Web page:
have you heard of pulses

Have you heard of pulses?

Pulses seem to have flown under the radar as a nutritious ingredient in many meals – partially because there is some confusion as to what they really are. Here’s everything that you need to know about pulses and how to incorporate them in your diet!

So what is a pulse?

Pulses are the dry edible seeds of pod plants in the legume family. You might recognize them more commonly as things like beans, lentils, chickpeas, and dry peas (this does not include fresh green beans and peas). They are a great source of both protein and fibre, while also being low in fat and relatively low in calories.  Soybeans and peanuts are also not considered pulses because they have a much higher fat content.

Why should I incorporate pulses into my diet?

Pulses are a great addition to any diet not only because of their nutritional profile, but because they are also environmentally sustainable and are often grown right here in Canada! When growing, pulses and legumes fix nitrogen into the soil, which reduces the need for chemical fertilizers.

Research has also shown that eating pulses can lower cholesterol, reduce blood pressure and help with body weight management. In fact, pulse consumption is often recommended by cancer, diabetes and heart health organizations around the world, and the carbohydrates in pulses also increase good bacteria in your digestive system, which helps to promote healthy digestion.

Aren’t pulses the… ‘musical fruit’?

It is somewhat commonly known that a large quantity of beans or other pulses can be associated with digestive discomfort. If you start by eating small amounts of pulses, drink lots of water, and gradually increase your intake over time, your gut can adapt and the effects associated with increased bean consumption will decrease. Some extra tips include rinsing canned pulses thoroughly before using or trying Beano® (an anti-gas pill, available at most grocery and drug stores). Rinsing and draining canned beans for ten seconds can also help to reduce the sodium content by an average of 41% (which is especially good for people watching their blood pressure)!

How do I get started with pulses?

You can find pulses in most grocery stores, either dry or canned, and they are quite cost effective compared to other protein rich foods. Pulses are also becoming more common among health conscious consumers. You can now buy pasta made from lentil and/or chickpea flour, chips made from beans, and health bars made with pea protein. Baked goods made from bean/lentil flour are also becoming more popular (black bean brownies anyone?). They also fit into many eating patterns such as a gluten-free or vegan lifestyle.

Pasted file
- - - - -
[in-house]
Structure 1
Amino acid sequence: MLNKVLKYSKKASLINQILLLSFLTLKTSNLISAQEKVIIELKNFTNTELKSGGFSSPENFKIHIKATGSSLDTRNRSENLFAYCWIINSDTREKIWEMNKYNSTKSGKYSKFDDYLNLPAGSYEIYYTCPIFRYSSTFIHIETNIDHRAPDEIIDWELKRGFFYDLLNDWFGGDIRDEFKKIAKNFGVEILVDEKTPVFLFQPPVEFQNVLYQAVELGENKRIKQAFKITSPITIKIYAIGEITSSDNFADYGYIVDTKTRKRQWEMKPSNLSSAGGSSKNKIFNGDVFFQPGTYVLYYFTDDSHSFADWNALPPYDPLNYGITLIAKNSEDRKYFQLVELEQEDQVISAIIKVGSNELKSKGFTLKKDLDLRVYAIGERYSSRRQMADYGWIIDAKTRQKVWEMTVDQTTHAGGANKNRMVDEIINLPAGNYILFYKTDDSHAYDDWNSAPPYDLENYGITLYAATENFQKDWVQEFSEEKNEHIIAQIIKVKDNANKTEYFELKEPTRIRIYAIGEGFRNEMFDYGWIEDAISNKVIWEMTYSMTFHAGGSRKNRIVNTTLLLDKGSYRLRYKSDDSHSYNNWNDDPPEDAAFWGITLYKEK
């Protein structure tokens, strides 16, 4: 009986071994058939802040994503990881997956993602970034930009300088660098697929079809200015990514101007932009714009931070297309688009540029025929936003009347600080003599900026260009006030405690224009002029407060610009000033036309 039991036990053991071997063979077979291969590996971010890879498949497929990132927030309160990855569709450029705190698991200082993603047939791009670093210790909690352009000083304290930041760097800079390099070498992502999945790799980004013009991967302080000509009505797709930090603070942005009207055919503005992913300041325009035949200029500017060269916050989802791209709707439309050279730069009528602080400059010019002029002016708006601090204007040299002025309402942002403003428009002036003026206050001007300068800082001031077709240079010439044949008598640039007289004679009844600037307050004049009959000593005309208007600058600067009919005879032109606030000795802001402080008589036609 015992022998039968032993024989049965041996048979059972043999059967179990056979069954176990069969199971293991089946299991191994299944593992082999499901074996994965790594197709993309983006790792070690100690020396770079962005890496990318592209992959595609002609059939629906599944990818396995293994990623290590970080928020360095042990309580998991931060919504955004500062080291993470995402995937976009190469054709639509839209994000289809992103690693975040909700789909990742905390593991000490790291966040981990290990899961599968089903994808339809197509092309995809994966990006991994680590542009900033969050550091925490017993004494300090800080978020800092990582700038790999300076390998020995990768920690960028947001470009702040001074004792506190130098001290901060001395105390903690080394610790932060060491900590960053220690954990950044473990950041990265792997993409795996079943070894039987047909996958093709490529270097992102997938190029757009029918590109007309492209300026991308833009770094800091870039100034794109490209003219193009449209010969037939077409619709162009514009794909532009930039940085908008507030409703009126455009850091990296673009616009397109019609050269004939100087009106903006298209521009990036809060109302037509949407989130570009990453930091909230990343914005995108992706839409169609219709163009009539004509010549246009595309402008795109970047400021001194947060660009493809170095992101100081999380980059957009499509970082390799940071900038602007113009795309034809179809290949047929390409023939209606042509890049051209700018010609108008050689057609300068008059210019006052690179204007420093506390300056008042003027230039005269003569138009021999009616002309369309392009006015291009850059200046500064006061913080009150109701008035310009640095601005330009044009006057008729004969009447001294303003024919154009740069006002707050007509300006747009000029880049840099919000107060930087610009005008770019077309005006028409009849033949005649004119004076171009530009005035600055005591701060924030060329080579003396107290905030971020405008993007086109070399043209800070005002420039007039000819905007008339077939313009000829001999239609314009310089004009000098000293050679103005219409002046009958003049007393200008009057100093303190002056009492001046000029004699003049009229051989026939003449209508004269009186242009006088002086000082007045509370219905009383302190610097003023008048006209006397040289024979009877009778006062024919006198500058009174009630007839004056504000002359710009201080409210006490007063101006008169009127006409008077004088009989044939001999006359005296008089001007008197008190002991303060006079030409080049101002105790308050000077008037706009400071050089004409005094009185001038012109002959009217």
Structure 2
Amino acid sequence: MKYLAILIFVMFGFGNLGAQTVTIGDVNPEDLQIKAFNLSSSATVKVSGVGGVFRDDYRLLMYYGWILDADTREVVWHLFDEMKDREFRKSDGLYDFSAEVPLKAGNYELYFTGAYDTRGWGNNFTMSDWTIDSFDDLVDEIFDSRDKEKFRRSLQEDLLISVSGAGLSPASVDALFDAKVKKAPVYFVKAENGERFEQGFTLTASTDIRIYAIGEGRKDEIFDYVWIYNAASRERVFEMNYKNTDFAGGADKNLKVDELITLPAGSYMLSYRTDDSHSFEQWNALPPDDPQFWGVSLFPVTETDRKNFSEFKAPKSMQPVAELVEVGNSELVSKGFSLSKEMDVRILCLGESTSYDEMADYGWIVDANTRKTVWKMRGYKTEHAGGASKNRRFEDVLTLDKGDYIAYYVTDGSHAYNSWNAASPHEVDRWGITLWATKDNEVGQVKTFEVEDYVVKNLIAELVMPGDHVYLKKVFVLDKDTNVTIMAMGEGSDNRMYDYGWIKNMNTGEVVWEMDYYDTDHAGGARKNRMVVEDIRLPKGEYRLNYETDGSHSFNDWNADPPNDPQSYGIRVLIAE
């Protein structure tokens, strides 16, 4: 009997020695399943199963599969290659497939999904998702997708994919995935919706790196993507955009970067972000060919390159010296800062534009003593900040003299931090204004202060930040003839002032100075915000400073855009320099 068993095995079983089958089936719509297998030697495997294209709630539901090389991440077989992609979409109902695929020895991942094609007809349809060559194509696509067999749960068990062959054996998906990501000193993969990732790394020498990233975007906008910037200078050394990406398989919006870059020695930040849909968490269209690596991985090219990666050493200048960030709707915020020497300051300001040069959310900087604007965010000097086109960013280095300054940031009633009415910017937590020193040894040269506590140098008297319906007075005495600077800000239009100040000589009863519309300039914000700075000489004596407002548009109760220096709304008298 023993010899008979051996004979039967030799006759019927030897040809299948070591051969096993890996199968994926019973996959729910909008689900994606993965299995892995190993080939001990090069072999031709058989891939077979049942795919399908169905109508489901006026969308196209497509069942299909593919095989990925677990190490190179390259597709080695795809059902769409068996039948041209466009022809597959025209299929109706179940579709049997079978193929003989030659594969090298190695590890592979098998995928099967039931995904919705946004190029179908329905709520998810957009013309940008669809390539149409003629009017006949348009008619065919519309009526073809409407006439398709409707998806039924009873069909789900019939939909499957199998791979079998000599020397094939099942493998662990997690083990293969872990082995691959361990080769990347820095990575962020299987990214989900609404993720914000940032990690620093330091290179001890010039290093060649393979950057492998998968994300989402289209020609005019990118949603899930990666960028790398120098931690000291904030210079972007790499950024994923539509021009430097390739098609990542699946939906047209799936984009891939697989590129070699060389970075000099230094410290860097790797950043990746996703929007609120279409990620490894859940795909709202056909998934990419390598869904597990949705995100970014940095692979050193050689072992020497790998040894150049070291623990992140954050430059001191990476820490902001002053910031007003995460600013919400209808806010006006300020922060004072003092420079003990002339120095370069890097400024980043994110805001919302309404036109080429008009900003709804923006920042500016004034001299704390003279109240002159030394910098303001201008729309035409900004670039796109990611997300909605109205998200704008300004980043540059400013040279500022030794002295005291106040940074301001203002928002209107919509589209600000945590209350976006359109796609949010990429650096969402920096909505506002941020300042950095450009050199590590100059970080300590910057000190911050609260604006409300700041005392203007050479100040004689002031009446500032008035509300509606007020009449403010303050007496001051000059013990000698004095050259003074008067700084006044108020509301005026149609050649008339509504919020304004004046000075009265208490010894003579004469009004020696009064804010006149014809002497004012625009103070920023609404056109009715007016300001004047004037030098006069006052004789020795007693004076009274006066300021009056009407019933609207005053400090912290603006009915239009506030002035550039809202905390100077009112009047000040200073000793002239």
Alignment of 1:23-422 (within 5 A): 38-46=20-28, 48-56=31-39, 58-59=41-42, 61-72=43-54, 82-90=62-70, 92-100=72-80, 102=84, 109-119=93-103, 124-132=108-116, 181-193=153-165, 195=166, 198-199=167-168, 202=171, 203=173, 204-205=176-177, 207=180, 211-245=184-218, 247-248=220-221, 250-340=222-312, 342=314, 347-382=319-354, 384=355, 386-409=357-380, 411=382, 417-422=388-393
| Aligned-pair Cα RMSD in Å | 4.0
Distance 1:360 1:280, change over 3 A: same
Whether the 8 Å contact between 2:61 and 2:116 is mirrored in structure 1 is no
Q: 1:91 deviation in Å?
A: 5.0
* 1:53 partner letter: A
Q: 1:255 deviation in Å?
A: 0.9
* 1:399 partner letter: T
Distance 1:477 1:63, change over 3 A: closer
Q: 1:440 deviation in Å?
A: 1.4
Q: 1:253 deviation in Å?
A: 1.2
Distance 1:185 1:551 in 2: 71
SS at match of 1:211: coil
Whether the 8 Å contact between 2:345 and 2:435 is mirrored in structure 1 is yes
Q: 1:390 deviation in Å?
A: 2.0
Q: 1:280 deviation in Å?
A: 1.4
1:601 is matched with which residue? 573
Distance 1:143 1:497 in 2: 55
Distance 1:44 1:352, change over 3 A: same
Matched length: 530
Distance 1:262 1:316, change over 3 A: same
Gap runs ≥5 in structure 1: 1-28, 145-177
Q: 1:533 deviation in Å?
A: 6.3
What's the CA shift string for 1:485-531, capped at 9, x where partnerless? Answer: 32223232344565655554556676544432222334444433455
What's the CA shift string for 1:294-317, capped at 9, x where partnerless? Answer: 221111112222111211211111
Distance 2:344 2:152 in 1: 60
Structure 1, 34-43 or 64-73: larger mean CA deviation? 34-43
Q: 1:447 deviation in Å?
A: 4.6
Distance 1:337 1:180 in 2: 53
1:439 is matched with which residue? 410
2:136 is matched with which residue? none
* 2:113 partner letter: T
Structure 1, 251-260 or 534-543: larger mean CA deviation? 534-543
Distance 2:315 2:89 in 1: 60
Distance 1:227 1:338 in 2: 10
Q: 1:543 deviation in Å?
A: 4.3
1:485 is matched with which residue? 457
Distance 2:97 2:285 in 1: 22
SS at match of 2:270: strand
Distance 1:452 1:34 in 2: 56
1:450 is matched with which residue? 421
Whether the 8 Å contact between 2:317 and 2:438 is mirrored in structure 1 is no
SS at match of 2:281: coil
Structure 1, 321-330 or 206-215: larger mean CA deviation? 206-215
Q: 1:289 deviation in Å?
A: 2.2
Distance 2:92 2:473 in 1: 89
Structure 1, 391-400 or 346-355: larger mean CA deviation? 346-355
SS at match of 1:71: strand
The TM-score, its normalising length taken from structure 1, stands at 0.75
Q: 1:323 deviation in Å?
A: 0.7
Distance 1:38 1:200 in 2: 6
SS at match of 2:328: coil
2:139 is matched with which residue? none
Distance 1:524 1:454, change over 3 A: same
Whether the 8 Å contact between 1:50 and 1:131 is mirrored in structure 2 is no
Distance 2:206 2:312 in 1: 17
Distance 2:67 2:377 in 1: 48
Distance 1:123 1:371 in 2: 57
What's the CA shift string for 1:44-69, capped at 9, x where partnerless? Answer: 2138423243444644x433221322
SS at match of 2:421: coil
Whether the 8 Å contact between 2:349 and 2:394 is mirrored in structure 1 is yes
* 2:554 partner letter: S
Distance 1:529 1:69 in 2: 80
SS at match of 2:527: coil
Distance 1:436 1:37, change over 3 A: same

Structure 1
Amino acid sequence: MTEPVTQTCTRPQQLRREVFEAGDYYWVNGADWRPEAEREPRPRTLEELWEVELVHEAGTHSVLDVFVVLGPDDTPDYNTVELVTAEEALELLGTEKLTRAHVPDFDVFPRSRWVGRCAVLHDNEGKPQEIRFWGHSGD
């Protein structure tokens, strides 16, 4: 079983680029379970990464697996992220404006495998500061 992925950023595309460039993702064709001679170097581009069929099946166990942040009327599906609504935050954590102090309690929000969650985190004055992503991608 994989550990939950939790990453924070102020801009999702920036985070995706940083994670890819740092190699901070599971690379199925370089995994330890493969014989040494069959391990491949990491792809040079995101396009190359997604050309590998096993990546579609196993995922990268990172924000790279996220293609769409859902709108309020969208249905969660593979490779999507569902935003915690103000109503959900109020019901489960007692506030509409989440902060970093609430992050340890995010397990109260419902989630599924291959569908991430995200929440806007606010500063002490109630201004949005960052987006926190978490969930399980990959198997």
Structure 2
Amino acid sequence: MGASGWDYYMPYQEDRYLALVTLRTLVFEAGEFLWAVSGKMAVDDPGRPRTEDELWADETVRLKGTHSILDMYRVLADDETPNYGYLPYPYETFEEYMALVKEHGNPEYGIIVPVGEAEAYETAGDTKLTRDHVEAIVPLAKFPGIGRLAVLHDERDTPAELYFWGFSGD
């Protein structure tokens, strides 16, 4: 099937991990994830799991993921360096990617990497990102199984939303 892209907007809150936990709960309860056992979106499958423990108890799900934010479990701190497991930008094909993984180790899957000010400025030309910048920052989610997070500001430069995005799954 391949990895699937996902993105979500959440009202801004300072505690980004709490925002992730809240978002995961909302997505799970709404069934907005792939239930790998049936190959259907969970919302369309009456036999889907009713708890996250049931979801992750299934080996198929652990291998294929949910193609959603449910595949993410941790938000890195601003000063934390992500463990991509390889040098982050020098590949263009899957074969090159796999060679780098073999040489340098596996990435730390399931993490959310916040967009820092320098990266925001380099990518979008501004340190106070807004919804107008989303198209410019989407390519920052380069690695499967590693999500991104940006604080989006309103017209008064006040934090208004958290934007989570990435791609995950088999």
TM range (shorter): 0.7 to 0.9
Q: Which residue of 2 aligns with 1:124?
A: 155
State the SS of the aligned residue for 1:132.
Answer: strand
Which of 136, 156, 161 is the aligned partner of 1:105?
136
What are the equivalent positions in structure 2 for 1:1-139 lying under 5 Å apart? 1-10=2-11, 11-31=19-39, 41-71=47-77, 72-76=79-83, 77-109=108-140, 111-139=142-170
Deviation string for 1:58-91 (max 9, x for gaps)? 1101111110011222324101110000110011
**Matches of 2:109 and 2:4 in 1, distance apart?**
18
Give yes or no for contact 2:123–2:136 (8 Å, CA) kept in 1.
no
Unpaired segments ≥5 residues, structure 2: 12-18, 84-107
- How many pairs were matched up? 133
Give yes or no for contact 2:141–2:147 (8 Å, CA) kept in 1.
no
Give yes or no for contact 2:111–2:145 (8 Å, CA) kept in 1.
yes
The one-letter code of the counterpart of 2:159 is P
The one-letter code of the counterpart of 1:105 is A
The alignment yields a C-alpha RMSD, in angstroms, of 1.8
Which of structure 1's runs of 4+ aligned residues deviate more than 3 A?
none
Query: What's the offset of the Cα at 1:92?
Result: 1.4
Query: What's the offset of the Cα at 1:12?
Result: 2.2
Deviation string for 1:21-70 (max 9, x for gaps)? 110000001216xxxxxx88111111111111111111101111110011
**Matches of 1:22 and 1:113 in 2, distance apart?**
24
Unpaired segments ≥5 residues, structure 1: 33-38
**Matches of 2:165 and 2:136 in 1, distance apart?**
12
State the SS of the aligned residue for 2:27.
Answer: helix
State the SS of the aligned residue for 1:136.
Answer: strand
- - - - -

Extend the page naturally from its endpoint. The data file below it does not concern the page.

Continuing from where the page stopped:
If you want to start incorporating more pulses into your diet, aim for 3/4 cups a few times per week, and check out the 10 tips below!

10 ways to include more pulses in your diet:

  1. Double the amount of beans in chili recipes and reduce the amount of red meat by half (or omit it completely and make a vegetarian chili)
  2. Sneak beans into pureed soups. Use a hand blender to puree a can of navy beans into tomato soup or a can of cannellini beans into mushroom soup – you won’t even know they’re there!
  3. Try them in baking. Replace half the butter or oil in a recipe when baking with a lentil purée to lower the fat.
  4. Add cooked/canned lentils to any cooked grain (quinoa, brown rice, bulgur, etc.). Try them in this chickpea quinoa salad!
  5. Toss ½ cup of chickpeas into any salad
  6. Eat raw veggies with hummus
  7. Add a can of black beans to scrambled eggs or omelets
  8. Mash beans with any kind of seasoning and use as a spread or filling in sandwiches and wraps. Top with sliced avocado, cucumber, tomato, and a slice of cheese
  9. Snack on a handful of roasted chickpeas
  10. Add canned beans to your favorite smoothie for a boost of protein and fiber. Berry-based smoothies can be blended with black beans, and any other type of smoothie can be blended with white beans


Are you interested in learning more about the macro and micro nutrients essential in your diet? Check out Copeman’s definitive guide to